• It has never been right to say that Kenya’s foreign policy is a “wait and see” one. Diplomats were able to negotiate to host a combined World Bank/IMF meeting in 1973 and for UNEP to have its headquarters in a newly independent African country – Ambassador Francis. Muthaura.
  • Njoroge Mungai initiated steps for President (Mzee) Kenyatta to be nominated for the Nobel Peace Prize in 1972 and Singh Bhoi drafted the dossier.
  • Dennis Afande opened the Kenya Embassy in Jeddah, Saudi Arabia in February 1977. He was the only employee there for four months and the only signatory to the Embassy bank account for the period.
  • When Paul Kurgat went to apply for his scholarship visa at the Nairobi Russian embassy, in 1984. he was arrested and questioned about links to Oginga Odinga. He was later to return to Russia as Kenya’s Ambassador in 2010.

The book is available in local bookshops, such as the University of Nairobi one, at a cost of Kshs 1,395 (1,200 + VAT) and a digital version is also available on Amazon for $8 (~Kshs 800).

Idea Exchange: Bloomberg and Reuters financial journalism training

Bloomberg: The Bloomberg Media Initiative Africa Financial Journalism Training program has resumed. After four years of training financial journalists in Kenya, South Africa and Nigeria, the BMIA now moves on to Ghana, Zambia, Tanzania, Cote d’Ivoire and Senegal.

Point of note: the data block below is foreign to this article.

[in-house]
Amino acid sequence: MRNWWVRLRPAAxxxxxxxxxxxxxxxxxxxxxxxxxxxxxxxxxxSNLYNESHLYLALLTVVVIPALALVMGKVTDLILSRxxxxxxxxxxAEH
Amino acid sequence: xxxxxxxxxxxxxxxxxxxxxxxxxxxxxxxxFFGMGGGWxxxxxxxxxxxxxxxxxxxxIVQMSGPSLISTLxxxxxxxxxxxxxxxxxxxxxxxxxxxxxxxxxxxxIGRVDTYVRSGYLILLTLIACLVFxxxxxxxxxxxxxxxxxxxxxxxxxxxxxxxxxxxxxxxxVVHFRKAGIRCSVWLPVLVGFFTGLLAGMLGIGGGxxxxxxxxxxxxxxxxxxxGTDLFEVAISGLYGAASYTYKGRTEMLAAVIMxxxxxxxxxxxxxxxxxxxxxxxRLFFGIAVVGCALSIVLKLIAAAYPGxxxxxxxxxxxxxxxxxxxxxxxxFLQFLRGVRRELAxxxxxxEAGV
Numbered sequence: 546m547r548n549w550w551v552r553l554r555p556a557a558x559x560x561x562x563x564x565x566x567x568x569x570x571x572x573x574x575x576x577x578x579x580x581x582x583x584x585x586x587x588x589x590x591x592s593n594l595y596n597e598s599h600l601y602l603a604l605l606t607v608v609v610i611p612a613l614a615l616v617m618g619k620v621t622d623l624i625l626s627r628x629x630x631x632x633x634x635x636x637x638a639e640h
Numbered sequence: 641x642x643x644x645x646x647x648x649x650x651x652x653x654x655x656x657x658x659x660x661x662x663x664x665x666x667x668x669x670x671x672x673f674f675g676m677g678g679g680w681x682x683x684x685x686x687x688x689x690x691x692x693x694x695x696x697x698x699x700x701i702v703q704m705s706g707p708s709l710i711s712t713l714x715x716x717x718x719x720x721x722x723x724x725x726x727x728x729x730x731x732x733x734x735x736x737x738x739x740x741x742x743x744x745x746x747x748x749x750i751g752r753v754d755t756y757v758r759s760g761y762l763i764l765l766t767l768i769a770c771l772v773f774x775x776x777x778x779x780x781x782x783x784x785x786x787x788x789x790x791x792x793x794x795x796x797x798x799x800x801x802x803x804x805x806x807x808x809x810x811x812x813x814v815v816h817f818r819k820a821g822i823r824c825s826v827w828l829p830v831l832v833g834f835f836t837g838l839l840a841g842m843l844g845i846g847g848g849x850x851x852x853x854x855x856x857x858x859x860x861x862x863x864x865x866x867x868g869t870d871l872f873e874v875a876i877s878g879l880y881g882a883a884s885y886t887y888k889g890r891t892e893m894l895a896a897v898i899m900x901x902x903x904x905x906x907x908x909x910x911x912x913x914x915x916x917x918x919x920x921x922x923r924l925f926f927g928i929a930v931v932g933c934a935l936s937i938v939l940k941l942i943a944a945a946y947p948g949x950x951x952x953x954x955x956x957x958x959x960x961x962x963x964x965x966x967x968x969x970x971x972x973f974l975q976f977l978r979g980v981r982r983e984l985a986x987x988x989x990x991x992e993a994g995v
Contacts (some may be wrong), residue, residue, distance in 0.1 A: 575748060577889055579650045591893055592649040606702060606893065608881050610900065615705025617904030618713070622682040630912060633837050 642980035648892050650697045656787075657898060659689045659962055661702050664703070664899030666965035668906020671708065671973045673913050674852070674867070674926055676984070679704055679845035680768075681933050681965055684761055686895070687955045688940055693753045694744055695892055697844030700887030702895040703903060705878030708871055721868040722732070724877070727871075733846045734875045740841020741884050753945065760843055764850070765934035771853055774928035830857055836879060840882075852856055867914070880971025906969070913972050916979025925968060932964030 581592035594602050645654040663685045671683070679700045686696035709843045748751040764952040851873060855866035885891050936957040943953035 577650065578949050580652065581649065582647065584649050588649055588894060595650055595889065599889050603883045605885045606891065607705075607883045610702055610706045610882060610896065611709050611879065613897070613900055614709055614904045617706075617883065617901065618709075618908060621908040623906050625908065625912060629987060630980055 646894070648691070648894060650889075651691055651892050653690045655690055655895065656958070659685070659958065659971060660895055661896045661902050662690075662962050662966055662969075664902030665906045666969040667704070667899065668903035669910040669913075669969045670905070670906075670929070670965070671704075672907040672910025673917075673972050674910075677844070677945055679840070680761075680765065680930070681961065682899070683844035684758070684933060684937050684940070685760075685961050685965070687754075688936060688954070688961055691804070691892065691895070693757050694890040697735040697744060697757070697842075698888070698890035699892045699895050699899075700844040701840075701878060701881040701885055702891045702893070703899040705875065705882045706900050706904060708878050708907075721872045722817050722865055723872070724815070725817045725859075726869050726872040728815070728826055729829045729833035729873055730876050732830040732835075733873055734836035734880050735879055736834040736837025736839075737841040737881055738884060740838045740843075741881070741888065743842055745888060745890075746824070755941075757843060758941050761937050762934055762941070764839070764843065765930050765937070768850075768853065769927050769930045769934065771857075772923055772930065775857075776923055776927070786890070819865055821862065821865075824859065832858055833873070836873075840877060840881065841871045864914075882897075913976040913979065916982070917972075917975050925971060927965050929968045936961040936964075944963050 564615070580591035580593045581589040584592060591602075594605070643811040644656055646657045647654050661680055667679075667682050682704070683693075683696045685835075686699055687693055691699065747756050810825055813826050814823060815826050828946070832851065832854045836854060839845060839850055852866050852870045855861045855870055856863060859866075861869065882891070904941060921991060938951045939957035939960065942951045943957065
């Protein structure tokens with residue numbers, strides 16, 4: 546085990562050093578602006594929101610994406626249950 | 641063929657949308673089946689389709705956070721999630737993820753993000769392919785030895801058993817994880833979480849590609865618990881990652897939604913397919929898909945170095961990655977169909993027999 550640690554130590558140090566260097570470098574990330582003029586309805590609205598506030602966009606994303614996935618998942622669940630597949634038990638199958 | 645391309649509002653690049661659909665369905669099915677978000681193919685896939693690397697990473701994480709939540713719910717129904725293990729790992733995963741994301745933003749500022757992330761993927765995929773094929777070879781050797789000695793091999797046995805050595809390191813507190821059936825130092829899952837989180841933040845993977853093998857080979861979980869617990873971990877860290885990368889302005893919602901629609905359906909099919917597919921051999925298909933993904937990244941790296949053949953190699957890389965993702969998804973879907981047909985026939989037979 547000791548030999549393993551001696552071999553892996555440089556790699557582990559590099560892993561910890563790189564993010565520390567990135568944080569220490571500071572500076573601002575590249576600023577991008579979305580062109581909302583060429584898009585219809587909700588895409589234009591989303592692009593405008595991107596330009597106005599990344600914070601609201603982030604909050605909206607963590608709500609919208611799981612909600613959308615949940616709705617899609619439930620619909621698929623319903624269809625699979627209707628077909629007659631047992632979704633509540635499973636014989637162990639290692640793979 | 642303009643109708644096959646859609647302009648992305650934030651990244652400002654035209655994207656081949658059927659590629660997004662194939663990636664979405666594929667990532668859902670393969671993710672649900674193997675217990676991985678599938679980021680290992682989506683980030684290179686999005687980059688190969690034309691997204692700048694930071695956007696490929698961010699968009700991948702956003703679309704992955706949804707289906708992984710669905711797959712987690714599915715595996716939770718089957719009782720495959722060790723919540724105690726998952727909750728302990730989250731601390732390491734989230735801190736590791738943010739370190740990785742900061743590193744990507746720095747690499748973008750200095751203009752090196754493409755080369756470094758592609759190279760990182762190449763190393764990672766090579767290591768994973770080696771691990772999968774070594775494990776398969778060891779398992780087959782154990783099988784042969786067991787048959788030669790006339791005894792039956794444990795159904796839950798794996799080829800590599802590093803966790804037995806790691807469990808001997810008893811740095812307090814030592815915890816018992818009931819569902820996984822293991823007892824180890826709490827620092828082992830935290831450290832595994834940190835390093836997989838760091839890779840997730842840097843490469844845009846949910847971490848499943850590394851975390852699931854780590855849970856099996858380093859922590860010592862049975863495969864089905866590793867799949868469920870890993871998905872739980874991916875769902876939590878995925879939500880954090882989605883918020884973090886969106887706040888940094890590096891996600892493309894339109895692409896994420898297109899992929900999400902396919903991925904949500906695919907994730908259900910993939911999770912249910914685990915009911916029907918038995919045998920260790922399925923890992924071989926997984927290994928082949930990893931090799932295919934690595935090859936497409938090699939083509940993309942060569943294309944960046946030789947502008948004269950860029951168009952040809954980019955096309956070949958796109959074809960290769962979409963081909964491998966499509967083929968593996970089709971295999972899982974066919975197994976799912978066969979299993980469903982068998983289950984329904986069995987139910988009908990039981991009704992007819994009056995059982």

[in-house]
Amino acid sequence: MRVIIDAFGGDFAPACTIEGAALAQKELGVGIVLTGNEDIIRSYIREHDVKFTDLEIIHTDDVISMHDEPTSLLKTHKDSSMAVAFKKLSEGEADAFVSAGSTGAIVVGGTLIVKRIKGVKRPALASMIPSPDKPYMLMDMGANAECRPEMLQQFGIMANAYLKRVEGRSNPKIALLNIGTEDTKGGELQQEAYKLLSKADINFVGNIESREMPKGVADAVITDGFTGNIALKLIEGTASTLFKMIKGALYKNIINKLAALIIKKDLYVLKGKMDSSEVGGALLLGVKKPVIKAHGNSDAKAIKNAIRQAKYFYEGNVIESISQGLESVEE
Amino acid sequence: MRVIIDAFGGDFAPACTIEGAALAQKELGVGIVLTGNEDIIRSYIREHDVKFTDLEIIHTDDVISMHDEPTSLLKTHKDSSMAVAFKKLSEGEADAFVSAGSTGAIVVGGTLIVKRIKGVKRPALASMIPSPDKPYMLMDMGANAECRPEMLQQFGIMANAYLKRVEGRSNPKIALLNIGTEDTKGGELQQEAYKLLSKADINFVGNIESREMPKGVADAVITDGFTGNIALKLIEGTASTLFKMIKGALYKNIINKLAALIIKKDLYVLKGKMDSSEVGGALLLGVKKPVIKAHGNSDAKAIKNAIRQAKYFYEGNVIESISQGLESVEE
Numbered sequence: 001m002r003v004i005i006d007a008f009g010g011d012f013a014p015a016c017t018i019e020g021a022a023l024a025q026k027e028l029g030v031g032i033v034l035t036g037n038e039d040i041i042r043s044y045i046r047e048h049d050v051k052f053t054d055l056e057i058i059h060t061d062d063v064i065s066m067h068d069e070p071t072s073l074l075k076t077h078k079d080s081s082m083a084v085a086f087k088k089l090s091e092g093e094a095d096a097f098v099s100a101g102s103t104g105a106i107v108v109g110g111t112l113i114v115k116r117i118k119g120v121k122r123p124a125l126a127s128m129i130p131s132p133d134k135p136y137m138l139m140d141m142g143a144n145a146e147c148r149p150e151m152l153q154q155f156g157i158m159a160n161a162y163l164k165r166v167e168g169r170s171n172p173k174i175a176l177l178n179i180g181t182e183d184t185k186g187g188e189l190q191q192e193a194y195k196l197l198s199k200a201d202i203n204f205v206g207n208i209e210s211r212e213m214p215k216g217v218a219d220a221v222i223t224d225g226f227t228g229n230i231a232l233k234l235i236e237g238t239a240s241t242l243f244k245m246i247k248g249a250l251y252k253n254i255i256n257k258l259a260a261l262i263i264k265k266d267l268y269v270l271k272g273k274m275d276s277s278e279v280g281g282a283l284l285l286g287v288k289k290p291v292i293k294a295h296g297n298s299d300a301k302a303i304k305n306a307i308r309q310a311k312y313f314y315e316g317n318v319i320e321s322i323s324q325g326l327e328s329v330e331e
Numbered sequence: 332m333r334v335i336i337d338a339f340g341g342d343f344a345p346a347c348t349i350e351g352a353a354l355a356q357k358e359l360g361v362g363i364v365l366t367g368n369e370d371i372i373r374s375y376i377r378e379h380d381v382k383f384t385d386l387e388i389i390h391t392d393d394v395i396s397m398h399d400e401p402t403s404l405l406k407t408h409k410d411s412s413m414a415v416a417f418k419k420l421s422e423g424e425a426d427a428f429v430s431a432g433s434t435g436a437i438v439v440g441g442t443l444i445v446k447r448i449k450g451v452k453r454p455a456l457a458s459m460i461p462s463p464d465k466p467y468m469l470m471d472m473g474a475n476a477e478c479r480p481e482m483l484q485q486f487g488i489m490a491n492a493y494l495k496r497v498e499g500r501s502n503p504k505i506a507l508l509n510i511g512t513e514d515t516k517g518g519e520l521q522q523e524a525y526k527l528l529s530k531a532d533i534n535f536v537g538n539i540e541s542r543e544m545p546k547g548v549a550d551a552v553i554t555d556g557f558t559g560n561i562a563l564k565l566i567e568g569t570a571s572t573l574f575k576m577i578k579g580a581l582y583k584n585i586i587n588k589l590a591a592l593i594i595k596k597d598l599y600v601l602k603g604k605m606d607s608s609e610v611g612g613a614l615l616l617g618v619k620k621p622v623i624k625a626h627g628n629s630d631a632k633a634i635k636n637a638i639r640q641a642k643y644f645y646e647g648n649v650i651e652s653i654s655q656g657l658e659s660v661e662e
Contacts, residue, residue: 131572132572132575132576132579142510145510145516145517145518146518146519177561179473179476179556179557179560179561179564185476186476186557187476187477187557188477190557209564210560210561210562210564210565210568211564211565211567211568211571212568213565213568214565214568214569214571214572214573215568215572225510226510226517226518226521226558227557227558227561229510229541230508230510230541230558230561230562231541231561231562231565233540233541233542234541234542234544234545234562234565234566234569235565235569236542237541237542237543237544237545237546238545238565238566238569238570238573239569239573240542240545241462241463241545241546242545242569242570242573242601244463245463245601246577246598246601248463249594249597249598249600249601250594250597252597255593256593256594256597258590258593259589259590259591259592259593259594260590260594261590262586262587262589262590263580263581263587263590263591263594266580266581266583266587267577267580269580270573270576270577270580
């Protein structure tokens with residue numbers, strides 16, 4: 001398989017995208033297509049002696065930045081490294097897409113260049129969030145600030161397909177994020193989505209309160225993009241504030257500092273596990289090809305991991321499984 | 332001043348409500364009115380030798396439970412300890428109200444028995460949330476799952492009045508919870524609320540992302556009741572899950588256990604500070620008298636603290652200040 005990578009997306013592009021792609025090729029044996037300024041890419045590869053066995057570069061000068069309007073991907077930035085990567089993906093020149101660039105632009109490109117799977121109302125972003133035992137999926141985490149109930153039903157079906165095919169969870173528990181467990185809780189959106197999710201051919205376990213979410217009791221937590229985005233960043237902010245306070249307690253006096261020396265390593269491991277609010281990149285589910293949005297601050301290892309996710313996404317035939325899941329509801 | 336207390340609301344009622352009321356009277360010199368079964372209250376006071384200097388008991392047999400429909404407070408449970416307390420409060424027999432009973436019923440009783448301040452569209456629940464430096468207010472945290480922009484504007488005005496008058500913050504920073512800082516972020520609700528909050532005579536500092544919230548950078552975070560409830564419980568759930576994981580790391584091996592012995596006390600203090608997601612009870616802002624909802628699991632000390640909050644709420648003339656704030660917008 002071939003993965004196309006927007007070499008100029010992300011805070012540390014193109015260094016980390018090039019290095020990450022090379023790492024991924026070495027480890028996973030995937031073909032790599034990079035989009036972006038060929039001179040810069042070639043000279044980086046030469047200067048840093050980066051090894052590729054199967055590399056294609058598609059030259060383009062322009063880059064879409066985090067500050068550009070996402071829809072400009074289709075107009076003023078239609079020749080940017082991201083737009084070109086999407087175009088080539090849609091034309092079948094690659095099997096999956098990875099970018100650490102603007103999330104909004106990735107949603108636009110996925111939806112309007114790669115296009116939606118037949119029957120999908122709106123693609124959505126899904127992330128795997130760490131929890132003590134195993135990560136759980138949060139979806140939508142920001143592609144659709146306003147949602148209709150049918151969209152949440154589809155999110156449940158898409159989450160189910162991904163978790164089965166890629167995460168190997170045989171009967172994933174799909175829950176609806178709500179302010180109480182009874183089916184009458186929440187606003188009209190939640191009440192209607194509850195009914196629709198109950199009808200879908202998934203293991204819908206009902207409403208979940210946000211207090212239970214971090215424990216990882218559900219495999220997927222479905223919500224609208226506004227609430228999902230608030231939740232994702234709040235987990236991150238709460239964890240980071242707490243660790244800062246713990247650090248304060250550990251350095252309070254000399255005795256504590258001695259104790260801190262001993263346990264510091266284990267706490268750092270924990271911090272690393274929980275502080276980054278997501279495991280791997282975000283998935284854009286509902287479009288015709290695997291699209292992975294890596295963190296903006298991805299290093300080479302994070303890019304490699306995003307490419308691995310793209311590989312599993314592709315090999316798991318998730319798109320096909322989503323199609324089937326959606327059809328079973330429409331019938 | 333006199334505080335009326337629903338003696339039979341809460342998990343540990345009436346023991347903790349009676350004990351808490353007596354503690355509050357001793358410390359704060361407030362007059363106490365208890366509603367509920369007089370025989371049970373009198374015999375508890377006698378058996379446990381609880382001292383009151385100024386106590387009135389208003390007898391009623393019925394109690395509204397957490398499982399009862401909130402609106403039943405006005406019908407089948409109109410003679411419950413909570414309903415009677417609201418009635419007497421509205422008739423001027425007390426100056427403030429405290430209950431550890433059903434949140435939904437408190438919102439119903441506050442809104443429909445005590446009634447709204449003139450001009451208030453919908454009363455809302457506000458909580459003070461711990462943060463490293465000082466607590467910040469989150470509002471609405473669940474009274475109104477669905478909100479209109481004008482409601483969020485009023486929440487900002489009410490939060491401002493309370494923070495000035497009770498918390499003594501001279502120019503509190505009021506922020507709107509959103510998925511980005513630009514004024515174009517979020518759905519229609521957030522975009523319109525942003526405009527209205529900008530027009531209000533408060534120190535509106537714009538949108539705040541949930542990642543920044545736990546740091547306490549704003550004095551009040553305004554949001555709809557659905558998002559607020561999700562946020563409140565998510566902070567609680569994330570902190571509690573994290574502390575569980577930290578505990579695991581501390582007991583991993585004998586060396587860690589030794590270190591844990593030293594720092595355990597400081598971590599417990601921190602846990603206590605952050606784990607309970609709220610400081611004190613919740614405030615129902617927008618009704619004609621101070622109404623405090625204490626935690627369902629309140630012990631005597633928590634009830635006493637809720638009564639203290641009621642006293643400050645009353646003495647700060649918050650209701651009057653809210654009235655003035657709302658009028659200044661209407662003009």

In the first part of the new phase, participating universities are the Ghana Institute of Journalism and University of Ghana Business School in Ghana, and the University of Zambia and University of Lusaka School of Business in Zambia. That does not mean journalists from other countries are excluded, but they have to travel to physically attend classes at the local universities,  that run from January 2019 to June 2019, for two weeks in each month.

AMIB50 chart by Bloomberg

The program is worth about $22,000 and is greatly subsidized by Bloomberg Philanthropies and the Stavros Niarchos Foundation, with the students not expected to pay more than $250. Students must also have a laptop computer and commit to attending all the classes. For the duration of the class, they also get prized access to the Blomberg terminal, an invaluable information resource for researching global financial markets. The deadline for applications is November 30. 

Reuters: The Reuters Journalism Training Programme – EMEA targets early journalists, with not more than three years experience, to undertake a nine-month training program, that includes with one month in London, and on the job training in bureaus in Africa, Europe and the Middle East.

Applicants must have an interest in issues that affect companies, markets and economies and there seems to a preference for journalists with experience in areas like banking, financial analysis, accounting, law or computer science. The deadline for applications is November 30.